Unavailability of coal is the primary reasons for stress in thermal generation: Raghav Kanoria, India Power Corporation Ltd

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Raghav Kanoria, Managing Director of India Power Corporation Ltd. shares the budget expectations for Power industry.

• Unavailability of coal is one of the primary reasons for stress in thermal generation. We expect the Coal Ministry to lay down a specific timeline and an intensive budget to rampup coal production of CIL and its subsidiaries to meet sector demands. It would also lead to decrease in import dependency in long run, until then taxes on imported coal which is 5% should be reduced to half so that demand of thermal coal is met at lower landed cost.

• Seeing the boom in renewables and now that India has a fairly large capacity addition in solar and wind, clean energy cess which is around Rs 400/Ton charged on coal, can be considered to be brought down to Rs100/Ton given the current scenario of stress where, cost of coal has gone exorbitantly high on account of high premium paid in e-auctions/special forward auctions or coal procured from the international market in the absence of FSA(Fuel Supply Agreements) and less frequent coal auctions for IPPs. As coal is a ‘pass through’ cost, it is in turn borne by the consumers and any relaxation would benefit the consumers themselves.

• We may expect that a part of expenditure is set aside for dedicated freight corridors and building infrastructure for online monitoring of transportation of coal where most of the slippages happen, which can also ensure quality of coal and contracted quantity.

• Through Central Schemes, the Government should incentivise foreign manufacturers to setup units in India for Power Equipment, Solar Cells, Energy Storage Devices, Smart Grid Equipment, Smart Meter/AMI components, etc. Solar capacity addition has gone up to an all-time high. Further additions are also expected and it is the right time to bring the OEMs to India as we are still importing a large chunk of components. FGDs installation for around 2,00,000 MW is mandated for installations in thermal power plants which is most likely to be imported, not a desirable scenario when the rupee keeps sliding against the USD.

• The long debated DBT(Direct Benefit Transfer) Scheme linked through AADHAR should be implemented for electricity consumers for subsidizing a particular consumer category.

• For many of the stressed power plants, the high interest rate charged on loans is also a reason for their troubles. It is imperative to assess the total debt burden of each stressed power company, and then determine the sustainable and unsustainable portions of the debt. To help these plants to tide over the situation, the interest rate charged can be reduced to say 9% from the beginning of the loan and the penalties waived. The unsustainable portion of the debt may be converted to 10-15 years’ Redeemable Preference Shares.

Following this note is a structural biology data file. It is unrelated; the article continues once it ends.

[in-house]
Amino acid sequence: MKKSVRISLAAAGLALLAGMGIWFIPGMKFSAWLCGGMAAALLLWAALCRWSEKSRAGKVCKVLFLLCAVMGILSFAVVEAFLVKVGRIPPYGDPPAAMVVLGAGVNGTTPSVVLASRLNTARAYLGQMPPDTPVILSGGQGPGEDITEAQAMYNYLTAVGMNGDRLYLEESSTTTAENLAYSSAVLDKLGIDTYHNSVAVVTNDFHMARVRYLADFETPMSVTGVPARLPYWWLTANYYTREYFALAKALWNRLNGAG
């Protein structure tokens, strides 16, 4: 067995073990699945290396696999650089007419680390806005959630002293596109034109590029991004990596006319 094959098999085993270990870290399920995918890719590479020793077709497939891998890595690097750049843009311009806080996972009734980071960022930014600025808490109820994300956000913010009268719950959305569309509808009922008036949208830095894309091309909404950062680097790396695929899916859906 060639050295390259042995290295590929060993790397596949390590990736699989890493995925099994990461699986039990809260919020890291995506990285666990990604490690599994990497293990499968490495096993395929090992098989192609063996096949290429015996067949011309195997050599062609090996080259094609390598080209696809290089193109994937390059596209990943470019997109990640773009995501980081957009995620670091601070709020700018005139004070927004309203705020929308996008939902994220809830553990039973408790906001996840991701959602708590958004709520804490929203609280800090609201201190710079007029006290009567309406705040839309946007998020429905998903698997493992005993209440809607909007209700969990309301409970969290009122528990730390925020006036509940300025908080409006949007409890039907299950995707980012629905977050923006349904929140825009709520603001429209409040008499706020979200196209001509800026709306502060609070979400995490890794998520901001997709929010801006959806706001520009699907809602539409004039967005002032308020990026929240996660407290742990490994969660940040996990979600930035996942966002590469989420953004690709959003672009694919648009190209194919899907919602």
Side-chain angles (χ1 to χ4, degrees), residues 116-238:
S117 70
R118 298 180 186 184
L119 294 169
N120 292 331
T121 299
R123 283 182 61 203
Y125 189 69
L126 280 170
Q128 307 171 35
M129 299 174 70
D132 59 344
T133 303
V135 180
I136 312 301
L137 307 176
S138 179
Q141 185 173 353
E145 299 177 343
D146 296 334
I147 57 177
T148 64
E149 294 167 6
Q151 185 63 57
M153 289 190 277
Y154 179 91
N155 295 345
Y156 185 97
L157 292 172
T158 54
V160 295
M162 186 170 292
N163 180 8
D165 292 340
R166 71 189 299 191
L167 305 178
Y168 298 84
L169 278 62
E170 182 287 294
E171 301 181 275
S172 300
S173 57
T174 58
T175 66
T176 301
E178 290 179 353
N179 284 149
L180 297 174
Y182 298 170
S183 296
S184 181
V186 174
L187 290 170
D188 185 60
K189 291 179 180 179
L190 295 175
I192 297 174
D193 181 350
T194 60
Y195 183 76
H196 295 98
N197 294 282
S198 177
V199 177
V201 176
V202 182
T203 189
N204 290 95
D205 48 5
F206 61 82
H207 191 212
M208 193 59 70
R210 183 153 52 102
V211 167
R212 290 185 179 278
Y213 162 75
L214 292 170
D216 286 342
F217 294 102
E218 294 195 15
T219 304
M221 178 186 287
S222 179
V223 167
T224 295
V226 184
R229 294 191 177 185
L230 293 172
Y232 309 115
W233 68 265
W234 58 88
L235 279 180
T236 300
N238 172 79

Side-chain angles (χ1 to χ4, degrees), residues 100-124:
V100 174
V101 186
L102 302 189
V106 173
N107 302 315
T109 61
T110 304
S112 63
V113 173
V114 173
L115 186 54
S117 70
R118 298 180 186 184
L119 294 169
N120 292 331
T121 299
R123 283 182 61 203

• The primary focus of all the stakeholders should be to preserve and protect the principal amount that the banks have lent to these projects so far and to ensure that the stressed power assets are maintained in a reasonable working condition. To make that happen, the ideal move on the part of the government would be to bring together the banks and project promoters and build a consensus to resolve issues on a case-by-case basis.

• Every year, the Centre shares tax revenue with all the states. Of the total collection, 42% goes to the states. The government may evolve a mechanism whereby before allocating the share of tax revenue to the respective states, the Central Government may directly pay off the gencos the amount that was due from the SEBs. The remaining amount can then be transferred to the states. In case a state government ends up receiving an amount which is not adequate to cover its administrative costs, the Central Government may consider paying off the gencos’ dues in a staggered manner, say over 3 or 4 years, so that the gencos are assured a steady revenue stream and the state governments also get enough to meet their administrative expenses.

• With electricity kept outside the purview of GST, set-off of taxes in power generation, transmission and distribution has not been rationalized with the resultant increase in cost of power due to cascading of taxes. Once electricity is brought within the GST regime, the GST-induced cost reduction can stimulate all sectors, especially the manufacturing sector. This, in turn, will be a shot in the arm for the Make in India initiative.

[This is an authored article by Raghav Kanoria is the Managing Director of India Power Corporation Ltd. All views, opinions and expressions are personal and limited to the author.]